The lowdown on the Google self-driving car
16 Sep 2014 Written By: Beaurepaires
A car that can drive itself? Of course Google is on top of it! Beaurepaires fills you in on the latest developments with Google’s self-driving car project.
If you happen to read technology blogs every now and then, you’ve probably heard of the Google self-driving car already. After all, the auto industry and news publications across the web have been eagerly tracking the development of this particular innovation for months – or years, even.
For those of you who aren’t in the know, the Google self-driving car is an ongoing project that develops technology for autonomous cars. With all the possibilities this represents, the project has created its fair share of excitement and anticipation (as well as some controversy) over the last few years. While autonomous cars are certainly an exciting prospect and the Google self-driving car has seen many developments in recent months, there’s still a long way to go before these prototypes will be a common sight on your morning commute.
Whether or not you personally fancy the idea of owning and operating (or more accurately, not operating) a hands-free vehicle, it’s certainly a fascinating venture. Keep reading to find out more about the self-driving car and its promising future on the streets.
How the Google self-driving car came into being
Google engineer Sebastian Thrun first wrote about the company’s self-driving car on the official Google blog in October 2010. He discussed the work conducted thus far on the project (at that point, prototypes monitored by trained operators had already logged over 140,000 miles in testing) and posited tentative hopes for future improvements in the development and construction of self-driving cars.
The software that drives these vehicles (pun fully intended) is known as Google Chauffeur. Google Chauffeur uses video cameras, radar sensors, and a laser range finder in order to collect information about the surrounding roads and traffic conditions for each vehicle. This information is then processed by Google’s data centers, which allows each vehicle to create a comprehensive 3D map of its environment. When cross-referenced with high-resolution maps of the world, this information enables Google’s autonomous vehicles to successfully navigate their way on public roads. This incredible technology was developed by a group of expert engineers from the DARPA Challenges, including Chris Urmson, Mike Montemerlo, and Anthony Levandowski.
Further development over the years
By August 2012, Google’s self-driving cars had completed over 300,000 miles of testing. Earlier that year, Morgan Hill California resident Steve Mahan was one of the first ever users of Google’s self-driving car. Mahan, who stated that ninety-five percent of his vision had gone and that he was “well past legally blind,” greatly enjoyed the ride (which took him through a drive-thru restaurant and to his local drycleaner) and highlighted the advantages of the vehicle, remarking that it would allow him a great degree of independence and flexibility in his everyday life.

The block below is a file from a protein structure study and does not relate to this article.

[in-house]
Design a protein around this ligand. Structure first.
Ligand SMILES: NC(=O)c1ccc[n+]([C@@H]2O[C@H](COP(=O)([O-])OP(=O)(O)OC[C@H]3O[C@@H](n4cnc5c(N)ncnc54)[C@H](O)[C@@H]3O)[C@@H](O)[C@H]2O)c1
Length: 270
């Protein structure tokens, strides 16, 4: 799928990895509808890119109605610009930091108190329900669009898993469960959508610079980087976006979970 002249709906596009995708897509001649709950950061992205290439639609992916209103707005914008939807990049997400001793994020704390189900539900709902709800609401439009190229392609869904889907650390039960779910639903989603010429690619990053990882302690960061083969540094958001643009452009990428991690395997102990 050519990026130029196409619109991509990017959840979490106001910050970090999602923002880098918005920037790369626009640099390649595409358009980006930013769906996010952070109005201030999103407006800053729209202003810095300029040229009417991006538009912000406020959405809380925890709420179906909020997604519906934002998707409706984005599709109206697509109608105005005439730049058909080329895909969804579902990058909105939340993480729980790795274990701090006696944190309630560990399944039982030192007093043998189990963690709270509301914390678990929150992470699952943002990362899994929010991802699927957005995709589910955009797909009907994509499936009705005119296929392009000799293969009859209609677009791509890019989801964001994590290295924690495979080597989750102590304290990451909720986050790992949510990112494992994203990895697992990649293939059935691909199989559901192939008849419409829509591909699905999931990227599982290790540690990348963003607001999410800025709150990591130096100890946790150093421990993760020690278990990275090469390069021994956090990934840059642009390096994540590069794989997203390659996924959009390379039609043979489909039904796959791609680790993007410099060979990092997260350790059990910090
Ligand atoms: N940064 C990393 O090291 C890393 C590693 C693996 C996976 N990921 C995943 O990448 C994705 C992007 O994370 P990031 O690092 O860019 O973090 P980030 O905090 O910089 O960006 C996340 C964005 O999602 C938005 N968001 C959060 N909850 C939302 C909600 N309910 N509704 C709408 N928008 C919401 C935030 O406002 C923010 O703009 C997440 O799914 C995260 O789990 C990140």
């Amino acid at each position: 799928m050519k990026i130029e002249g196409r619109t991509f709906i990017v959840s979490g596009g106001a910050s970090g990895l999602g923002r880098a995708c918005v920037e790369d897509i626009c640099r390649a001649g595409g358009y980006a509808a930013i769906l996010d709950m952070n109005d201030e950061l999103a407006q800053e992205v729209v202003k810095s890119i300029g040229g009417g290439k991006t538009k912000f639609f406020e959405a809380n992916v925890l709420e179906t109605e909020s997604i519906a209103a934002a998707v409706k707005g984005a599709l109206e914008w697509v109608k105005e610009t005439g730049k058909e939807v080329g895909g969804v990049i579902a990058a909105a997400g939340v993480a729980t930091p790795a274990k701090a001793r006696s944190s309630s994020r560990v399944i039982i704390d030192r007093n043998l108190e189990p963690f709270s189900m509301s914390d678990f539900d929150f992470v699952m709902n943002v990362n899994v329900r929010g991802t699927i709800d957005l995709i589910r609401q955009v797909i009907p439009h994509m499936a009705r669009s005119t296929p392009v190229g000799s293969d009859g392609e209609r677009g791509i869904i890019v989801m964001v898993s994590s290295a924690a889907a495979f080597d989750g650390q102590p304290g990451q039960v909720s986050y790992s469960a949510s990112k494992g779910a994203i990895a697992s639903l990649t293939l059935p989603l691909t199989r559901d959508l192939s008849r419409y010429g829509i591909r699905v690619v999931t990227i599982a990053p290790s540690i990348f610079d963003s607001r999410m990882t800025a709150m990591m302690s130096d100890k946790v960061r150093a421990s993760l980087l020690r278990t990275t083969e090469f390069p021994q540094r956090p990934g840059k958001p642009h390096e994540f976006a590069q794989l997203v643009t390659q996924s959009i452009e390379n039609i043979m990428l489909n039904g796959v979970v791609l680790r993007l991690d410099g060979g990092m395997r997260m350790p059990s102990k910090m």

Google revealed their fully autonomous model in 2014. Until this point, they had been reconfiguring various aspects of other vehicles in order to create partially autonomous prototypes. In May, however, Google introduced self-driving cars that they had built from scratch and which operated without any human control whatsoever – hence, the lack of steering wheels, pedals or gearshifts. While this deceptively simple design might understandably unnerve some drivers, Google co-founder Sergey Brin emphasized that these vehicles do feature specially customised safety features that are hidden but fully functional, as well as extra defensive programming that strictly adheres to road rules to further ensure the safety of passengers.
Pros and cons of the self-driving car
The future certainly looks bright for Google and their self-driving cars, as the potential benefits are numerous. Google has pointed out that the widespread adoption of autonomous vehicles would not only ensure less road accidents (due to intoxication, inebriation, or general human inattention) occur, but could also help to ease congestion, increase mobility, improve fuel efficiency, and even free up land space.
On the other hand, there are still a lot of hurdles that need to be cleared before these nifty vehicles will be accepted, and adopted, on a widespread level. The car is very much a prototype at the moment, and while the last couple years have seen them zipping around the Googleplex without incident, all that could change if (or when) these vehicles are unleashed on public roads. The technology is certainly fascinating, but if the online debates are anything to go by, it may be some time before human beings are ready to put their faith in fully autonomous cars. Furthermore, there will likely be strict safety and regulatory standards and legal challenges in place for incidents or accidents that will inevitably occur at some point involving the self-driving vehicles.
The way forward
One day, in a far off future, cars won’t just be able to drive themselves – they’ll probably be able to fly themselves. Until that distant point, it’s interesting to see the amount of progress Google has made with their self-driving cars in just a few short years. Google have predicted that their autonomous vehicles will publicly available between 2017 and 2020, but until then, it looks like we’re stuck with ordinary human-operated vehicles. Though it’s clear that some people would prefer it to always be that way!